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How do STCs (State Technical Committes) operate?
The NRCS State Conservationist is the chair of the STC and is required to ensure the following:
- The State Technical Committee should meet at least twice a year at a time and place designated by the State Conservationist. Other meetings may be held at the discretion of the State Conservationist. Any USDA agency, however, can make a request of the State Conservationist for a meeting.
- State Technical Committee and subcommittee meetings are open to the public.
- The meetings are conducted as an open discussion among members, with discussion focused on USDA programs and activities.
- The State Conservationist will inform the State Technical Committee as to the decisions made in response to all State Technical Committee recommendations within 90 days. This notification will be made in writing to all State Technical Committee members and posted to the NRCS State Web site.
The State Conservationists form subcommittees, where members focus on a specific conservation program or issue and provide recommendations. For example, the subcommittee for the Environmental Quality Incentives Program (EQIP) focuses on that program and all its components and special initiatives (including the EQIP Organic Initiative, the Agriculture Water Enhancement Program and any state specific special initiatives).
The subcommittee level is where the State Conservationist and the NRCS state staff who are managing a program seek specific input from the State Technical Committee members. As a member of the full State Technical Committee, you have the option to participate on any of the subcommittees.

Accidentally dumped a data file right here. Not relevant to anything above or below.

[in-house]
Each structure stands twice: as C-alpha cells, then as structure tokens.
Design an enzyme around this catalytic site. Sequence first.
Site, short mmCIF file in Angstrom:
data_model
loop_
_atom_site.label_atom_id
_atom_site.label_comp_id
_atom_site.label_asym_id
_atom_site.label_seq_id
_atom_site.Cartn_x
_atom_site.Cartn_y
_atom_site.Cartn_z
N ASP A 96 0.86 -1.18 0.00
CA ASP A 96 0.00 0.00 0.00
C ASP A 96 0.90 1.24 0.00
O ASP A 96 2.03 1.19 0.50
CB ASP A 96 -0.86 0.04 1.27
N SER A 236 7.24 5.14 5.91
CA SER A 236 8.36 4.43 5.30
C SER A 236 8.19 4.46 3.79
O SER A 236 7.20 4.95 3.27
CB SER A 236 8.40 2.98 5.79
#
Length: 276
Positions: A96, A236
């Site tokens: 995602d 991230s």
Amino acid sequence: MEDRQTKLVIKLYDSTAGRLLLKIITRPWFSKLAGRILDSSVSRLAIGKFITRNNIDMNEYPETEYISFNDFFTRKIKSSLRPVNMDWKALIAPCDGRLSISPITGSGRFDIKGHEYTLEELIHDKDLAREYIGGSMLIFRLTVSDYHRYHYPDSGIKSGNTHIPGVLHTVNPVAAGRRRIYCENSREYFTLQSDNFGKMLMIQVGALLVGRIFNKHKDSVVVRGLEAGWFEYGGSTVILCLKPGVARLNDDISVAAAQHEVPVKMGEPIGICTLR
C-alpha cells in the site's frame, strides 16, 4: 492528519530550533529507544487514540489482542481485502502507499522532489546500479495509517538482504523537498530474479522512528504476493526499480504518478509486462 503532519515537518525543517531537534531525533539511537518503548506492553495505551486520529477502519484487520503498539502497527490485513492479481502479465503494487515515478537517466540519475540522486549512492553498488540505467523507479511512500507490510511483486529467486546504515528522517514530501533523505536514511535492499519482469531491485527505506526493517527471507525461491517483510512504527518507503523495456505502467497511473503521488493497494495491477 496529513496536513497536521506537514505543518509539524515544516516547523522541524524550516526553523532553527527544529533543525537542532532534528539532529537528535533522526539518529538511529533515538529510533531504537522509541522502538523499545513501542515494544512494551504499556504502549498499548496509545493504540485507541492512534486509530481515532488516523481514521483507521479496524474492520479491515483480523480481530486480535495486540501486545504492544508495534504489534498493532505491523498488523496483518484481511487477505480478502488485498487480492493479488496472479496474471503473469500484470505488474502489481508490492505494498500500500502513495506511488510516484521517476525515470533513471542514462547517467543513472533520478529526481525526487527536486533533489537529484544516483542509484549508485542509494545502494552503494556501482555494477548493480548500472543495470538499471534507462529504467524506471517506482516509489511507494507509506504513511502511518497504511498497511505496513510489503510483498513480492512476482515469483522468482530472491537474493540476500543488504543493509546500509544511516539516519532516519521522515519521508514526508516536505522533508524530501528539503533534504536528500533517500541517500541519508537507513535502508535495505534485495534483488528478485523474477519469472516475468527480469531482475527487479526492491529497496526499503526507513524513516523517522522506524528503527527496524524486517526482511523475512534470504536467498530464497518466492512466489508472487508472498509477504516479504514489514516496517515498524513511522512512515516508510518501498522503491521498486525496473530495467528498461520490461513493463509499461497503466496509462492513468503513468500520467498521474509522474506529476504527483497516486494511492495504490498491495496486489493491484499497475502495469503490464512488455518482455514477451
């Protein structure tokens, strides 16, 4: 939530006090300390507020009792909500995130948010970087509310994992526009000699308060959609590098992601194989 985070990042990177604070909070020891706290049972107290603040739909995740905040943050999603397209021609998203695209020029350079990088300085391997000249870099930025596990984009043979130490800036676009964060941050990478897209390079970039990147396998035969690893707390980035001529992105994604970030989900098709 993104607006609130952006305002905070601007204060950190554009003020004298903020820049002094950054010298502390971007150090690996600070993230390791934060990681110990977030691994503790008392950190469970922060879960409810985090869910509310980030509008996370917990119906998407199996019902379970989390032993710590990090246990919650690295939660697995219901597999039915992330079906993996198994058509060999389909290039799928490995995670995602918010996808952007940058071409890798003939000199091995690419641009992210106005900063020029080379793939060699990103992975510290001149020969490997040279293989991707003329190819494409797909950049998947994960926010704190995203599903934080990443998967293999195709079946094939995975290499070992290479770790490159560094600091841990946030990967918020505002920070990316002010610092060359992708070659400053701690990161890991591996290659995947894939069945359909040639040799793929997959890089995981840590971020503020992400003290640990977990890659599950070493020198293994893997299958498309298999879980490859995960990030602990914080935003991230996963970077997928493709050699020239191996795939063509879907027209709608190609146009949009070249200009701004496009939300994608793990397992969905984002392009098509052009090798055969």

The STC Subcommittees are very important in making progress on integrating organic provisions into the conservation programs. Although the input subcommittees provide is presented to the full STC to see if there is agreement, usually the full STC does not add any new or additional ideas. In order to really influence the STC process and ultimately the program implementation, organic farmers and ranchers must participate in these subcommittees.
Committee meetings may be in person or by conference call. If you cannot be a member of a subcommittee, you can still provide input by communicating directly to the subcommittee chair.
Each state chooses priority issues and the practices that address these issues. If manure management is an issue, for example, promoting grazing practices and composting of manure can be added to the practices that are cost shared in the state in addition to the typical funding of large manure lagoons.
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How do you become a member of an STC?
Individuals or groups wanting to participate on an STC within a specific state may submit to the State Conservationist a request that explains their interest and outlines their credentials for becoming a member of the State Technical Committee. See the contact info for your state NRCS office to find out how to get in touch with your state office and State Conservationist.
The process works as follows:
- The State Conservationist will respond to requests for State Technical Committee membership in writing within a reasonable period of time, not to exceed 60 days.
- Decisions of the State Conservationist concerning membership on the committee are final and not appealable.
- State Technical Committee membership will be posted on the NRCS State Web site.
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Suggestions for integrating organic agriculture practices into STC input